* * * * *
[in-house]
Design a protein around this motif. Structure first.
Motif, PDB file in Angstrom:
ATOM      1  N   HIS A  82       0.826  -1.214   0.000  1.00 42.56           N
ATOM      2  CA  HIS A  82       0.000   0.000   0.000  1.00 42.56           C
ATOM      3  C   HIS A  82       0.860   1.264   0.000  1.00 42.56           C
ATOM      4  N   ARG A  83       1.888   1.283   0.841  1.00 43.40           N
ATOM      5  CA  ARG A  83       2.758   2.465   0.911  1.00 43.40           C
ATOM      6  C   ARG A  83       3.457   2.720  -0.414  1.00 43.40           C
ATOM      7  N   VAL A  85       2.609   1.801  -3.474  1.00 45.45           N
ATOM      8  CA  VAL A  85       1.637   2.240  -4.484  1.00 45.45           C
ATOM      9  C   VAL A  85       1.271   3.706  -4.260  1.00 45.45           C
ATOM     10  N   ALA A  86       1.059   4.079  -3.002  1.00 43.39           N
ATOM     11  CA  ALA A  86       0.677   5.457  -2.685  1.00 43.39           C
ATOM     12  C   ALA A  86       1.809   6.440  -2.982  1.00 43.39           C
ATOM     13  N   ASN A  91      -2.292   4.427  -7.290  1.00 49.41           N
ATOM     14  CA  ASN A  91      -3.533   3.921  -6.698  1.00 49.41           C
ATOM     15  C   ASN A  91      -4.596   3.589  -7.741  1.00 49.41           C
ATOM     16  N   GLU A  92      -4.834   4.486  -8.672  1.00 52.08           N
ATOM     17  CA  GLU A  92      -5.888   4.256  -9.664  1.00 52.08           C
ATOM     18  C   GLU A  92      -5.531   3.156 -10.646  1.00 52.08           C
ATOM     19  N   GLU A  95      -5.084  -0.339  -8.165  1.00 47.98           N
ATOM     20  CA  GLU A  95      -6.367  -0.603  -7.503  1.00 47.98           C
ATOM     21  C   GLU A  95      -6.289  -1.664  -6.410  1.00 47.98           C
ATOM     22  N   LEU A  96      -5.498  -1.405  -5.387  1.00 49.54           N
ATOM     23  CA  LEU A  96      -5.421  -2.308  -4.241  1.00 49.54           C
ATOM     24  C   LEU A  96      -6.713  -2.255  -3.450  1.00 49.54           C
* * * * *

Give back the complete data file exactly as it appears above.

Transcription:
[in-house]
Design a protein around this motif. Structure first.
Motif, PDB file in Angstrom:
ATOM      1  N   HIS A  82       0.826  -1.214   0.000  1.00 42.56           N
ATOM      2  CA  HIS A  82       0.000   0.000   0.000  1.00 42.56           C
ATOM      3  C   HIS A  82       0.860   1.264   0.000  1.00 42.56           C
ATOM      4  N   ARG A  83       1.888   1.283   0.841  1.00 43.40           N
ATOM      5  CA  ARG A  83       2.758   2.465   0.911  1.00 43.40           C
ATOM      6  C   ARG A  83       3.457   2.720  -0.414  1.00 43.40           C
ATOM      7  N   VAL A  85       2.609   1.801  -3.474  1.00 45.45           N
ATOM      8  CA  VAL A  85       1.637   2.240  -4.484  1.00 45.45           C
ATOM      9  C   VAL A  85       1.271   3.706  -4.260  1.00 45.45           C
ATOM     10  N   ALA A  86       1.059   4.079  -3.002  1.00 43.39           N
ATOM     11  CA  ALA A  86       0.677   5.457  -2.685  1.00 43.39           C
ATOM     12  C   ALA A  86       1.809   6.440  -2.982  1.00 43.39           C
ATOM     13  N   ASN A  91      -2.292   4.427  -7.290  1.00 49.41           N
ATOM     14  CA  ASN A  91      -3.533   3.921  -6.698  1.00 49.41           C
ATOM     15  C   ASN A  91      -4.596   3.589  -7.741  1.00 49.41           C
ATOM     16  N   GLU A  92      -4.834   4.486  -8.672  1.00 52.08           N
ATOM     17  CA  GLU A  92      -5.888   4.256  -9.664  1.00 52.08           C
ATOM     18  C   GLU A  92      -5.531   3.156 -10.646  1.00 52.08           C
ATOM     19  N   GLU A  95      -5.084  -0.339  -8.165  1.00 47.98           N
ATOM     20  CA  GLU A  95      -6.367  -0.603  -7.503  1.00 47.98           C
ATOM     21  C   GLU A  95      -6.289  -1.664  -6.410  1.00 47.98           C
ATOM     22  N   LEU A  96      -5.498  -1.405  -5.387  1.00 49.54           N
ATOM     23  CA  LEU A  96      -5.421  -2.308  -4.241  1.00 49.54           C
ATOM     24  C   LEU A  96      -6.713  -2.255  -3.450  1.00 49.54           C